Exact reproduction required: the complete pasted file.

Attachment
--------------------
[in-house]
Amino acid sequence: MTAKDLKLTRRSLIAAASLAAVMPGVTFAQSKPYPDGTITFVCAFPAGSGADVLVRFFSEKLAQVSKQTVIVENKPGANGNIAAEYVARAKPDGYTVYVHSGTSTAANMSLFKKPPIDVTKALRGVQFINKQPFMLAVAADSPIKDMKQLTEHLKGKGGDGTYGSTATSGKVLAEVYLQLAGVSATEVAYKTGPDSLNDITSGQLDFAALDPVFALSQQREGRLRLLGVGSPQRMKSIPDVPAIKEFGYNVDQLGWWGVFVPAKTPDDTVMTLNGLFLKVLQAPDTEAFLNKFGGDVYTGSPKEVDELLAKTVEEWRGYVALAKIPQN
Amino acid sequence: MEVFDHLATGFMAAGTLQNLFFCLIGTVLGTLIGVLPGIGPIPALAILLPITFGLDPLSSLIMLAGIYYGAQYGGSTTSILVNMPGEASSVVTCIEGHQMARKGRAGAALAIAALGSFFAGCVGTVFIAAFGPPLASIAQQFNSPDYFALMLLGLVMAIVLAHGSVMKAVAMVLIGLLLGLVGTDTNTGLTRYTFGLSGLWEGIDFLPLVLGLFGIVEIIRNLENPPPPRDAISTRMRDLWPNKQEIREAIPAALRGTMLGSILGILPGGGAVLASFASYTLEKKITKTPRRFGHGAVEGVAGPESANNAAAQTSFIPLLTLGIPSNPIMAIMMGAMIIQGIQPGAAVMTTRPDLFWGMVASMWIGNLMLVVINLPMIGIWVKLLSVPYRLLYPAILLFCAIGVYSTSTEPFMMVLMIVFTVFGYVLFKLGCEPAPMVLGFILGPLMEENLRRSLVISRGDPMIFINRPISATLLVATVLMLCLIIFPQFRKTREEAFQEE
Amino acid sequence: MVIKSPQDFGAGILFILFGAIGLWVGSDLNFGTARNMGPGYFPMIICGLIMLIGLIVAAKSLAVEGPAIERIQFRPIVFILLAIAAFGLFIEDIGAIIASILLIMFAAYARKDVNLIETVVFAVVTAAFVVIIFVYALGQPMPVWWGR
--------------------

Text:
[in-house]
Amino acid sequence: MTAKDLKLTRRSLIAAASLAAVMPGVTFAQSKPYPDGTITFVCAFPAGSGADVLVRFFSEKLAQVSKQTVIVENKPGANGNIAAEYVARAKPDGYTVYVHSGTSTAANMSLFKKPPIDVTKALRGVQFINKQPFMLAVAADSPIKDMKQLTEHLKGKGGDGTYGSTATSGKVLAEVYLQLAGVSATEVAYKTGPDSLNDITSGQLDFAALDPVFALSQQREGRLRLLGVGSPQRMKSIPDVPAIKEFGYNVDQLGWWGVFVPAKTPDDTVMTLNGLFLKVLQAPDTEAFLNKFGGDVYTGSPKEVDELLAKTVEEWRGYVALAKIPQN
Amino acid sequence: MEVFDHLATGFMAAGTLQNLFFCLIGTVLGTLIGVLPGIGPIPALAILLPITFGLDPLSSLIMLAGIYYGAQYGGSTTSILVNMPGEASSVVTCIEGHQMARKGRAGAALAIAALGSFFAGCVGTVFIAAFGPPLASIAQQFNSPDYFALMLLGLVMAIVLAHGSVMKAVAMVLIGLLLGLVGTDTNTGLTRYTFGLSGLWEGIDFLPLVLGLFGIVEIIRNLENPPPPRDAISTRMRDLWPNKQEIREAIPAALRGTMLGSILGILPGGGAVLASFASYTLEKKITKTPRRFGHGAVEGVAGPESANNAAAQTSFIPLLTLGIPSNPIMAIMMGAMIIQGIQPGAAVMTTRPDLFWGMVASMWIGNLMLVVINLPMIGIWVKLLSVPYRLLYPAILLFCAIGVYSTSTEPFMMVLMIVFTVFGYVLFKLGCEPAPMVLGFILGPLMEENLRRSLVISRGDPMIFINRPISATLLVATVLMLCLIIFPQFRKTREEAFQEE
Amino acid sequence: MVIKSPQDFGAGILFILFGAIGLWVGSDLNFGTARNMGPGYFPMIICGLIMLIGLIVAAKSLAVEGPAIERIQFRPIVFILLAIAAFGLFIEDIGAIIASILLIMFAAYARKDVNLIETVVFAVVTAAFVVIIFVYALGQPMPVWWGR